Secondly, Cisco wants to earn channel loyalty by optimizing the role partners play in the value chain, Peres said.

At the beginning of the decade, the vendor began to urge partners to move away from volume and towards value, a strategy it has been evolving ever since, he said.

“We can earn loyalty with partners by supporting the value they offer,” Peres said.

Accordingly, Cisco is working to fully inject channel partners into the company’s sales process, particularly in collaboration with its direct sales team. Last spring it rolled out the Teaming Incentive Program(TIP), a schematic that rewards partners with a five point advantage for early entry into the sales cycle.

“The program allows partners to work with our sales organization where we may have found a deal,” Peres said. “We want to bring the right partner in early in the sales cycle,” he said.

“Internally, we’ve taken 20,000 sales people and optimized working with channel partners,” Peres said. “The idea is not just to change policy but also to enable our sales organization to team with partners and end users,” he said.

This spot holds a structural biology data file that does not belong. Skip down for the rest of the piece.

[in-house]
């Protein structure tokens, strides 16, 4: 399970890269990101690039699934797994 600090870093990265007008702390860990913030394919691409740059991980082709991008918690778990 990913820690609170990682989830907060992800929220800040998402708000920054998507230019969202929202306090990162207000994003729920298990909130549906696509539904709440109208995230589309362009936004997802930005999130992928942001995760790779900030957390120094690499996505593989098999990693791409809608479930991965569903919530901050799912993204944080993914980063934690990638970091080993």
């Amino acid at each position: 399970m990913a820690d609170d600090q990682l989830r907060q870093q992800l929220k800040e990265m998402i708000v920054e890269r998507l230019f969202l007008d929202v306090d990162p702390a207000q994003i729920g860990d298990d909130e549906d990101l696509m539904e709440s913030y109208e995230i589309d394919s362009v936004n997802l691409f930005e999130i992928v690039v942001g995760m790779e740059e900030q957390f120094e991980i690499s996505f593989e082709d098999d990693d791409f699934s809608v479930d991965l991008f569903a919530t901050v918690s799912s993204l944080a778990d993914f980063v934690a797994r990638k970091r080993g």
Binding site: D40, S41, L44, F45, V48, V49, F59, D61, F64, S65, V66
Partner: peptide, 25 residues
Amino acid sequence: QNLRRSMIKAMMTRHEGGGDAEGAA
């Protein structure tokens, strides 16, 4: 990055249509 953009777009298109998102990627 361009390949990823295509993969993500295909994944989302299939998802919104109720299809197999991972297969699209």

Peres said that Cisco has gone as far as constructing a teaming sales policy—soon to become an internally published document--guiding the organization in how best to work with partners.

“We’re investing in a teaming culture with the channel,” he said. “We’re piloting the program and policy in certain theaters around the world.”

Improve ease of doing business

Peres’ third strategy is to improve the speed and ease of doing business with Cisco for channel partners.

“We want to drive more program simplification, change and evolve our systems and policies to make it easier to do business with us,” he said. “Easing partners’ infrastructure costs will improve their profit.”

Cisco recently launched its My Cisco pull-down dashboard, a customizable interface that partners can use to easily and quickly access any aspect of their business relationship with the vendor.

So far, 23,000 partners worldwide have latched onto My Cisco, Peres said.

“It gives partners a vehicle to customize their relationship with Cisco and connect to web sites and other portals, a navigator,” he said.

A fourth strategic move on Peres’ list is to “enhance partner services value proposition,” essentially to help solution providers grow a services practice to “differentiate themselves and drive more profitability.”